The Truth Behind The Numbers (Republished From My Original Submission To The Wall Street Journal On October 15, 2009)

By Chandrashekar (Chandra) Tamirisa, (On Twitter) @c_tamirisa

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Ever since primitive homo sapiens began gathering pebbles and sticks human beings were endowed with a sense for quantity. Mathematicians now call it number theory. In practice, however, how the numbers were created matters. Otherwise, they can be causes of extraordinary illusions.

Homo economicus is adroit at passing off gauche policies by dressing it up with data to pass the baton to the political animals that we really are. The data is now settling on the prognosis of a potential stagflation. The year-on-year consumer price index (CPI) inflation could be around 2.5 per cent by Christmas. It is bonus season. As long as gaudy paychecks are earned by those earning them, what is after all a loss of $2.50 purchasing power out of every $100 among friends? The receding tide has lifted all in some boats. Executive compensation is not a concern as long as there is socialism in the upper income brackets. To them their economy is real. It is all household economics. The oeikos.

The traders cannot be blamed for buying into oil and gold when money is cheap. “They are hedging against inflation because of all the money supply” says conventional economic theory. “But are they creating the specter of inflation in order to hedge against it” asks the political economist. “Why?” asks the political scientist, the homo sapien.

The rise of oil and commodity prices can spiral into more inflation. It is a tax. Corporations and businesses would not want to borrow to invest when they do not get the bang for their buck. When they have to pay more because money is cheap. It is the same as higher interest rates. The fear of higher interest rates and higher borrowing costs could raise unemployment some more, because the employers want to keep labor costs down. So, the liquidity trap begins to form, with vacillating investors moving between commodities and currencies as the economy bobs between recovery and slowdown.

The complacency of being a rich country removes the urgency of having to do real work. The instant gratification of a bonus could end up squelching the nascent recovery even if the Fed does not raise rates, which it cannot because it could engender a depression if it did, but for a few overzealous central bankers who give the game away, perhaps hoping to provoke commentaries such as this.

As the rest of the country is looking for work, it is not merely the markets who do not want to do real work. Even the politicians don’t. The falling dollar is always “strong” until it is not. American goods and services become cheaper abroad as if once again the United States wants to compete on exports as it did during the Industrial Revolution when imperial Europe was expensive. What else could be a better way to compete with the Chinese but dropping the floor off the dollar to encourage import substitution, making the currencies of the former foes, the “German” euro and the Japanese yen expensive?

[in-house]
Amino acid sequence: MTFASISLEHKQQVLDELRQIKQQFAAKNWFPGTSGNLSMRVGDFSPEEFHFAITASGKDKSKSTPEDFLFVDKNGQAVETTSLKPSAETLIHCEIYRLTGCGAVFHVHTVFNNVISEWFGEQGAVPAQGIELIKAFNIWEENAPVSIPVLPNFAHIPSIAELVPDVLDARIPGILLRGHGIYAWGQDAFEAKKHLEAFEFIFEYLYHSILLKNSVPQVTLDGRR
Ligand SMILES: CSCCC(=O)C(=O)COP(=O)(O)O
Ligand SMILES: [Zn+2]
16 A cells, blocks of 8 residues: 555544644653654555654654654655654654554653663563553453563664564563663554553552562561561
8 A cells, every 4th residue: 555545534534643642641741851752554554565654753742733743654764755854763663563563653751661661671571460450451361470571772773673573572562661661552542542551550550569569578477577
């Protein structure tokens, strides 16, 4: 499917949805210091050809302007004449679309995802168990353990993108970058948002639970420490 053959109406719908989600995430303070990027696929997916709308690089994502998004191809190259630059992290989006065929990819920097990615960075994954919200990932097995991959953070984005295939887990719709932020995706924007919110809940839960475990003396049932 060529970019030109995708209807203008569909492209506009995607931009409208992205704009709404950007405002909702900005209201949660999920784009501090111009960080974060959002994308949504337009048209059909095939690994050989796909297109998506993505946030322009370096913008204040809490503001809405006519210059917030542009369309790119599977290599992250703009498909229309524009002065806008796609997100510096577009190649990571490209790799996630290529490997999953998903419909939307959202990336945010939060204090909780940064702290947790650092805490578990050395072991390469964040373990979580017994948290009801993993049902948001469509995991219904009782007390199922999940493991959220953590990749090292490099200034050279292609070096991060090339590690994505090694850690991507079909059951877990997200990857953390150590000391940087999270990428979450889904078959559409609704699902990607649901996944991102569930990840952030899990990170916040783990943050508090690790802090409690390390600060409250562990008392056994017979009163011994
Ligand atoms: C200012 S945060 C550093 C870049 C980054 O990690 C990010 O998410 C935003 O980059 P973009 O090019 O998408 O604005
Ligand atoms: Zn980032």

The country can then ride out the recession without having to change a thing. The “Change We Believe In” President suddenly begins to look like a prophet, for the change will have cometh not causeth, paving the way for a second term instead of a political crucifixion. Reasonable people whose expectations have been set down by the President on the day of the first inaugural will not blame him for the mess he inherited as long as the country is out of a recession. Incumbents always have the advantage unless they are Jimmy Carter confounded by Ronald Reagan or the elder Bush confounded by Bill Clinton. And Obama is sufficiently politically skilled to match Reagan and Clinton. Homo sapiens is about human nature.

But the catch though is that the real work cannot be put off forever. At least beginning January 20th, 2013. The political case for realizing the implication of his portrait placement on the left side of Ronald Reagan on the Capitol building during his first inaugural would be ready, etched into the American experience of the prior four years. America would have turned inward sufficiently because the rest of the world is suddenly so much more expensive with the Federal Reserve having “prevented” another depression.

Foreigners jettisoning American debt would become a blessing in disguise. America would print its way out of both its national debt and retooling the country for the new age blaming thegreedy Benedict Arnold bankers who fled the country and its currency.  After all, the Clinton projections will have been prescient. John the Baptist before the second coming of Jesus to end the Reagan Revolution to the dismay of the usually religious Republicans, with the Democratic Party firmly occupying the entire fertile political real estate from the center left to the center right.

The second inaugural address shall herald à la liberté with a new Obama portrait firmly in the center of the Capitol dome and Reagan nowhere to be found. The world would be converging on France. The foreigners will begin creating jobs in America through Wall Street in foreign currencies competing side-by-side with public government job exchanges. It is all a safety net in a mixed economy with inflation no longer a cause of worry due to an all-government nuclear energy policy. The public square, the polis, shall become public. A pure public good.

More government would be how this economic crisis would have been won. After all, according to the President’s Chief of Staff Rahm Emmanuel, crises are opportunities for change.  The change can go either way. It depends on which way is chosen. This President is likely to choose more government. “Better government,” he will then say, “can come later.”


About Chandrashekar (Chandra) Tamirisa
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